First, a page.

For fans who have been following Manchester Orchestra for the past decade and change, the sound of the band's new record, A Black Mile To The Surface, is a surprise. With early releases like I'm Like A Virgin Losing A Child, Simple Math and Cope, the band built their following on loud guitars and big emotions. Their latest is full of emotion, but finds that feeling through the songs' stories. It's sweeping, cinematic and really quite beautiful.

Sheer Mag is a five-piece rock band from Philadelphia that sounds like it's headlining the EnormoDome, but comes from a busted-up building called the Nut House that's also home to slugs and roaches.

Feist On World Cafe

Jul 25, 2017

Leslie Feist's latest album, Pleasure, is gritty, defiant and intimate in a way that's different from anything else we've heard from her. And when she wrote it, she was having a hard time feeling — well, pleasure. She explains in this session that she chose that word as a way to try and talk herself out of the dark feelings at the other extreme.

I'm willing to bet you've never seen a "Best Of" list quite like this one. "Turning The Tables" ranks the 150 greatest albums made by women. It's a partnership between NPR Music and Lincoln Center, led by Lincoln Center's Jill Sternheimer and our Nashville correspondent, Ann Powers.

Ann stopped by World Cafe to share some of the artists that made the list and to talk about the No. 1 album. She'll also reveal surprises, controversial picks and one solid conclusion: "Every single one of these albums, they are all amazing."

Recorded in Music City at RCA's legendary Studio A, Jason Isbell's latest album, The Nashville Sound, tackles issues like race and privilege, anxiety, sobriety, hope and family. (Isbell is married to Amanda Shires, a talented fiddle player and singer-songwriter who is also a member of Isbell's band, The 400 Unit; they have a toddler named Mercy.)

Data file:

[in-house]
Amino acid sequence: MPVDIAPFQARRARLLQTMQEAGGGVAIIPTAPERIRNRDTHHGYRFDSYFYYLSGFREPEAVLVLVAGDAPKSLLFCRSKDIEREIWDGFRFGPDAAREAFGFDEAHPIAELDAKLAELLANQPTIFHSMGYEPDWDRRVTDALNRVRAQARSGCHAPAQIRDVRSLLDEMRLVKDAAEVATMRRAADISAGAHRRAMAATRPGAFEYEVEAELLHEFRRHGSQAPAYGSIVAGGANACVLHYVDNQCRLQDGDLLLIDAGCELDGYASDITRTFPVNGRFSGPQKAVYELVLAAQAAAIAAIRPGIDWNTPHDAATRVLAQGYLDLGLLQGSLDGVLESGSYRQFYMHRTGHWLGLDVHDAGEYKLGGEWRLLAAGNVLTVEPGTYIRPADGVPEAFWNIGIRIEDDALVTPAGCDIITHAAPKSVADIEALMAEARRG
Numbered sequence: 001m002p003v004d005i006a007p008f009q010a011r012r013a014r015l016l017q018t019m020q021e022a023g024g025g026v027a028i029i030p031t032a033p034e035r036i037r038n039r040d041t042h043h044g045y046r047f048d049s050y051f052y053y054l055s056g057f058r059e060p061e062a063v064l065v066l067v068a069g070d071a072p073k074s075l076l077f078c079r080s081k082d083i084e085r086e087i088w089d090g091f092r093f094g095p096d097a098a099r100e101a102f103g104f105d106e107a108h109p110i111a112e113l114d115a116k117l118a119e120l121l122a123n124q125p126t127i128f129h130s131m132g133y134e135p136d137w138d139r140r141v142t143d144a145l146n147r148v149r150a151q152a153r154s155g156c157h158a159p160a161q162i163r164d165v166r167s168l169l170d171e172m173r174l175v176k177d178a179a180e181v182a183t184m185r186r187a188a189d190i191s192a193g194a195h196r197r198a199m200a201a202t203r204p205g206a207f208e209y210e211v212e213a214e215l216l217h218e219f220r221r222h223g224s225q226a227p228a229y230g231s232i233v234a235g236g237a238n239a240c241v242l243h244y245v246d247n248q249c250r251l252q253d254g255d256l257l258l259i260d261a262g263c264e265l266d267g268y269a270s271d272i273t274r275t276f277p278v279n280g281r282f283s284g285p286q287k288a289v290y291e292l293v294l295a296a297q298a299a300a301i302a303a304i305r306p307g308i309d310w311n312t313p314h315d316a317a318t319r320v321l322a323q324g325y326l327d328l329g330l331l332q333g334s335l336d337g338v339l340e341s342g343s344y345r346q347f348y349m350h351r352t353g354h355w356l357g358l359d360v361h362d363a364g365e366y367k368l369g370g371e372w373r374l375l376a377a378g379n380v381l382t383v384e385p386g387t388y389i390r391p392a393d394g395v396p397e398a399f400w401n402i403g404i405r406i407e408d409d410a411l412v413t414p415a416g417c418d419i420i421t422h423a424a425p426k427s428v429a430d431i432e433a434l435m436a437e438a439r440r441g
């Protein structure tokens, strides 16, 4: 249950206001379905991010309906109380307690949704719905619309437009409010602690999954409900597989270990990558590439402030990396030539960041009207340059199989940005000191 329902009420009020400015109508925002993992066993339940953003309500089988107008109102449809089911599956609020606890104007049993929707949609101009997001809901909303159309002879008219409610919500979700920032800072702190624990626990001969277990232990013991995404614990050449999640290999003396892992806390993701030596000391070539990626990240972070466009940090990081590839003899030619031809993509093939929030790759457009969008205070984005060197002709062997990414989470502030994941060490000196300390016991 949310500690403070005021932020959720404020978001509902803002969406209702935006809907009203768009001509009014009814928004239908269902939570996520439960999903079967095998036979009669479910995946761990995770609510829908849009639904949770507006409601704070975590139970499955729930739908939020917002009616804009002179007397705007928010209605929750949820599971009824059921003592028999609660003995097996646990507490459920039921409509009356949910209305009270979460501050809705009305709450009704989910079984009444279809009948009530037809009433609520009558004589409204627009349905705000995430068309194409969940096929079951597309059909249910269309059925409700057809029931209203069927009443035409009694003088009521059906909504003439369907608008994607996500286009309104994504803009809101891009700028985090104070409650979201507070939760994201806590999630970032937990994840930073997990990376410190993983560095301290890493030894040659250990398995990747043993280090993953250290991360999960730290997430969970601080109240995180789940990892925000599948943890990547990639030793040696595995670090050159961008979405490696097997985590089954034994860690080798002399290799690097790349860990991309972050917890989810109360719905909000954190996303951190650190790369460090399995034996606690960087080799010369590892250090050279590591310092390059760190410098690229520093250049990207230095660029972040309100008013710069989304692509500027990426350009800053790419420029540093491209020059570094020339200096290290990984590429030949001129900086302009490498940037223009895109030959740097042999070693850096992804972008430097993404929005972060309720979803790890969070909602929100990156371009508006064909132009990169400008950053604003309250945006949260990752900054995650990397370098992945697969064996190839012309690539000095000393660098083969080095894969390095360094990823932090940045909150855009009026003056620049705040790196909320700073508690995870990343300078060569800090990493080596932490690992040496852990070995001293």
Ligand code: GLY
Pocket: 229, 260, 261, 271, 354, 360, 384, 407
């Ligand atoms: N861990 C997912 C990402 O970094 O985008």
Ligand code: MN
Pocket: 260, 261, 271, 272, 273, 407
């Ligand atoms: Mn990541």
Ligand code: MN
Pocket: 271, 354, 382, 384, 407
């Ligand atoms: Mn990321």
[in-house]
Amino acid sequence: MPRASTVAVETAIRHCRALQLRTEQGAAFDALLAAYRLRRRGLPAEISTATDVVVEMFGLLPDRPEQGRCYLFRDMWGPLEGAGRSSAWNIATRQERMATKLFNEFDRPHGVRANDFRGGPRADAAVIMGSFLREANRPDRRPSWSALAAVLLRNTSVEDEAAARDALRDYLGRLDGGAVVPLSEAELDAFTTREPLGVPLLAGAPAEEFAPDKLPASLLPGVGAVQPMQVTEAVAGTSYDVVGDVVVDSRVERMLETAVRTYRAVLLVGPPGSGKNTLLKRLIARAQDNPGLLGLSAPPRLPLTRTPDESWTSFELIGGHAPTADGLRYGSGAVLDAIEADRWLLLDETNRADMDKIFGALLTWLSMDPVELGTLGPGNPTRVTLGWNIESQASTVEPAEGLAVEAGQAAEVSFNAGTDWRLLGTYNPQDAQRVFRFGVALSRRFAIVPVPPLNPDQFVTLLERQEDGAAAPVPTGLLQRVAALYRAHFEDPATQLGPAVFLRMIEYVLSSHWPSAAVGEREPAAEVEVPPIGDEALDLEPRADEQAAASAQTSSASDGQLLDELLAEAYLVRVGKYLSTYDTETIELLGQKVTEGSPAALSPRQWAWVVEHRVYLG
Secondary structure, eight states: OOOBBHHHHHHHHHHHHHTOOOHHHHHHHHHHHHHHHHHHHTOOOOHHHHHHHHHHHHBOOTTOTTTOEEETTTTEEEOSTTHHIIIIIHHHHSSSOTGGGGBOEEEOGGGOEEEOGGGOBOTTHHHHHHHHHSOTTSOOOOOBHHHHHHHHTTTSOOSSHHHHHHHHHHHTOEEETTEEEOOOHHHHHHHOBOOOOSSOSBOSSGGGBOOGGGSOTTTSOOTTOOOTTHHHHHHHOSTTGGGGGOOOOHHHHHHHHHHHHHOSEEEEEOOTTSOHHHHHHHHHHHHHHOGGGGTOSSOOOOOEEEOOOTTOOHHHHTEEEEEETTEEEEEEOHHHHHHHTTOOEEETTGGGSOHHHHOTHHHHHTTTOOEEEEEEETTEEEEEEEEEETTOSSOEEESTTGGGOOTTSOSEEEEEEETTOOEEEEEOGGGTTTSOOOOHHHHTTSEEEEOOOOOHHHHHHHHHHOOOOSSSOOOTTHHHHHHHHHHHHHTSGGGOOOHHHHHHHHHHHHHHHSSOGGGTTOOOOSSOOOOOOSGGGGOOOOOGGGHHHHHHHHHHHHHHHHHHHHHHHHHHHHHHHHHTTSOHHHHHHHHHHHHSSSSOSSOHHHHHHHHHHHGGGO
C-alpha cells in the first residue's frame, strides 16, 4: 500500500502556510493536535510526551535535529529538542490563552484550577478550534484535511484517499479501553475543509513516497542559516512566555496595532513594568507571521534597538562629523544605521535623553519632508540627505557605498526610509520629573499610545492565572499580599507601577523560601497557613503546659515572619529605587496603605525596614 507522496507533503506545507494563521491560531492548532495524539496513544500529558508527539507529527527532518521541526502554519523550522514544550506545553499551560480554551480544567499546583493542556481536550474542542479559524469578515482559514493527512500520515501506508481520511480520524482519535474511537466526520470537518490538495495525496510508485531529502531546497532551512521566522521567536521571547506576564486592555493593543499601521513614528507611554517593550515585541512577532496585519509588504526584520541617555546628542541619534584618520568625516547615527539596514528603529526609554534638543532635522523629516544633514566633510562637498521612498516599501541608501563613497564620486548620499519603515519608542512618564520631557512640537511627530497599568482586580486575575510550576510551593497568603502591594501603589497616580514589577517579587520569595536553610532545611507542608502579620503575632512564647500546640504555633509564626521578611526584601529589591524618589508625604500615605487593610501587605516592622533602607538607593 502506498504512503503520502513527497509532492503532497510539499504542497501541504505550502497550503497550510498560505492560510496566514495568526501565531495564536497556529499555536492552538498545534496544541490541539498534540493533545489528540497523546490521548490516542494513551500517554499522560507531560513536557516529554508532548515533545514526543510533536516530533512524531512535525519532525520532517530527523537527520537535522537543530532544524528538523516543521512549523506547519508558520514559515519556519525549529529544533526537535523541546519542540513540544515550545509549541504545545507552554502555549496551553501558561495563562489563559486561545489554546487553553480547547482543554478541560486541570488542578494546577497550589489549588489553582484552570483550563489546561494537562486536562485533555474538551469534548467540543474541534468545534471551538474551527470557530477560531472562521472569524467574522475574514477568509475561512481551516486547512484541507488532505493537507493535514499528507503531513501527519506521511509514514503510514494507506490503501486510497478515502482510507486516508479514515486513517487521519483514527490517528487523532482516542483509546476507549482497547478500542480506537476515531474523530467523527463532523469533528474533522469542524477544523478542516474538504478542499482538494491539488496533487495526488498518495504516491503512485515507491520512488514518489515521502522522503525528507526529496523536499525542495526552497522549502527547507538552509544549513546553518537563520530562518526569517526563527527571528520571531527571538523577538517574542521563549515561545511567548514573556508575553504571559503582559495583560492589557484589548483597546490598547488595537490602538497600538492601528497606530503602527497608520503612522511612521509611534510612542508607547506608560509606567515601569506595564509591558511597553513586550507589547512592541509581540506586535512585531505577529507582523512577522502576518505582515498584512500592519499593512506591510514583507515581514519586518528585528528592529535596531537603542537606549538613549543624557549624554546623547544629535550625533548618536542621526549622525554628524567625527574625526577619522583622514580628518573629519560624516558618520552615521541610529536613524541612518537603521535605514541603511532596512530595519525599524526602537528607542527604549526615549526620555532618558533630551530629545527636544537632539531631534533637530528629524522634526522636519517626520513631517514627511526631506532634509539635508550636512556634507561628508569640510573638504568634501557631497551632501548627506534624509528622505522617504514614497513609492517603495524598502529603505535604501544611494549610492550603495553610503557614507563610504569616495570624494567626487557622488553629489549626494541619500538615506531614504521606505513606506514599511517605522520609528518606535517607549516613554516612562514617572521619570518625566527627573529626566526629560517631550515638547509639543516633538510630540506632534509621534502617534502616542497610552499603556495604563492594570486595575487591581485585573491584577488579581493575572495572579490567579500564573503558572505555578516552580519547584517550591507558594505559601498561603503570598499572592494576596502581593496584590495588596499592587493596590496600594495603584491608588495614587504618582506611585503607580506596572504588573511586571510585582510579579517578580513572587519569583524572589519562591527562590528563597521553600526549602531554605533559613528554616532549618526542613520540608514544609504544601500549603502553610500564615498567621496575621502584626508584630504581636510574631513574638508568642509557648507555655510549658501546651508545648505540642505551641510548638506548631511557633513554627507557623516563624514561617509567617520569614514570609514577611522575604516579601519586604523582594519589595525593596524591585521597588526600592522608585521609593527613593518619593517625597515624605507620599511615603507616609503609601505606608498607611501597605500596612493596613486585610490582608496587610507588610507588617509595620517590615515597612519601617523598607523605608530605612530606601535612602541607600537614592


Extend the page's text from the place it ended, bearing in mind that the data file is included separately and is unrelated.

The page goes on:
This week, World Cafe digs into the archives for some of its best sessions from the last several months — conversations and performances that were so good we decided to bring them back for a second listen. You'll hear sessions with Father John Misty, Alison Krauss, David Crosby and more.

Fleet Foxes' lead singer, Robin Pecknold, says the band's new album, Crack-Up, is the kind of record he's always wanted to make. But it took a minute — six years, actually. The last Fleet Foxes album, Helplessness Blues, came out in 2011 and was a huge success. But after touring that record, at a point where bands traditionally head back to the studio to try and keep the momentum going, Fleet Foxes took a break. And that led to a few changes.

After 33 years of David Letterman doing the job, it was an honor to get the chance to introduce Paul Shaffer myself. We welcome the former Late Show bandleader to World Cafe to perform with the World's Most Dangerous Band and discuss his life and career.

In this session, Angelica Garcia performs music from her haunting full-length debut, Medicine For Birds. What do we mean by "haunting"? First, the sound: She's got one of those voices that gets under your skin, and a sense of melody that'll make your hairs stand on end. And second, the source: Garcia created the album while living in a 200-year-old Gothic brick home in Virginia she's pretty sure is haunted.

Like to party? Meet Sweet Spirit, a punchy, powerful party band that features up to nine members onstage at any given time. The group's infectious live shows caught the eye of fellow Austinite Britt Daniel from Spoon, who invited Sweet Spirit to open at a bunch of his concerts and championed its full-length debut album, Cokomo, in 2015.